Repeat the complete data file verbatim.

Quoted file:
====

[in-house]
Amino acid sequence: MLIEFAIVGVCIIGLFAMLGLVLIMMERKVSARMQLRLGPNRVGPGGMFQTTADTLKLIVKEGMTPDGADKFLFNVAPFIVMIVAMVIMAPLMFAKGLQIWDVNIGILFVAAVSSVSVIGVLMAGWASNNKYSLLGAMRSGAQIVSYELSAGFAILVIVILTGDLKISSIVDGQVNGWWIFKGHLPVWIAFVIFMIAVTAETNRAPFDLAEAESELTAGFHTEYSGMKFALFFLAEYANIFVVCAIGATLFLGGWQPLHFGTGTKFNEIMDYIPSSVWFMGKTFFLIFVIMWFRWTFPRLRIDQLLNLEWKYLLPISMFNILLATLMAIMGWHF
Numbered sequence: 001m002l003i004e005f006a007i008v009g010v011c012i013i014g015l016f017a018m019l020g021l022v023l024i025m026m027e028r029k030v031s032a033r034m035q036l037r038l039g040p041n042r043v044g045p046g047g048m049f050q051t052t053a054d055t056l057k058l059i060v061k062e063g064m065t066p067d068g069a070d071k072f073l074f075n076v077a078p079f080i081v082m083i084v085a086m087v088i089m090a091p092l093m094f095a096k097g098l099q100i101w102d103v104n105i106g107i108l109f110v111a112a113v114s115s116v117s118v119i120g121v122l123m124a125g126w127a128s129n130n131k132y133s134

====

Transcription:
[in-house]
Amino acid sequence: MLIEFAIVGVCIIGLFAMLGLVLIMMERKVSARMQLRLGPNRVGPGGMFQTTADTLKLIVKEGMTPDGADKFLFNVAPFIVMIVAMVIMAPLMFAKGLQIWDVNIGILFVAAVSSVSVIGVLMAGWASNNKYSLLGAMRSGAQIVSYELSAGFAILVIVILTGDLKISSIVDGQVNGWWIFKGHLPVWIAFVIFMIAVTAETNRAPFDLAEAESELTAGFHTEYSGMKFALFFLAEYANIFVVCAIGATLFLGGWQPLHFGTGTKFNEIMDYIPSSVWFMGKTFFLIFVIMWFRWTFPRLRIDQLLNLEWKYLLPISMFNILLATLMAIMGWHF
Numbered sequence: 001m002l003i004e005f006a007i008v009g010v011c012i013i014g015l016f017a018m019l020g021l022v023l024i025m026m027e028r029k030v031s032a033r034m035q036l037r038l039g040p041n042r043v044g045p046g047g048m049f050q051t052t053a054d055t056l057k058l059i060v061k062e063g064m065t066p067d068g069a070d071k072f073l074f075n076v077a078p079f080i081v082m083i084v085a086m087v088i089m090a091p092l093m094f095a096k097g098l099q100i101w102d103v104n105i106g107i108l109f110v111a112a113v114s115s116v117s118v119i120g121v122l123m124a125g126w127a128s129n130n131k132y133s134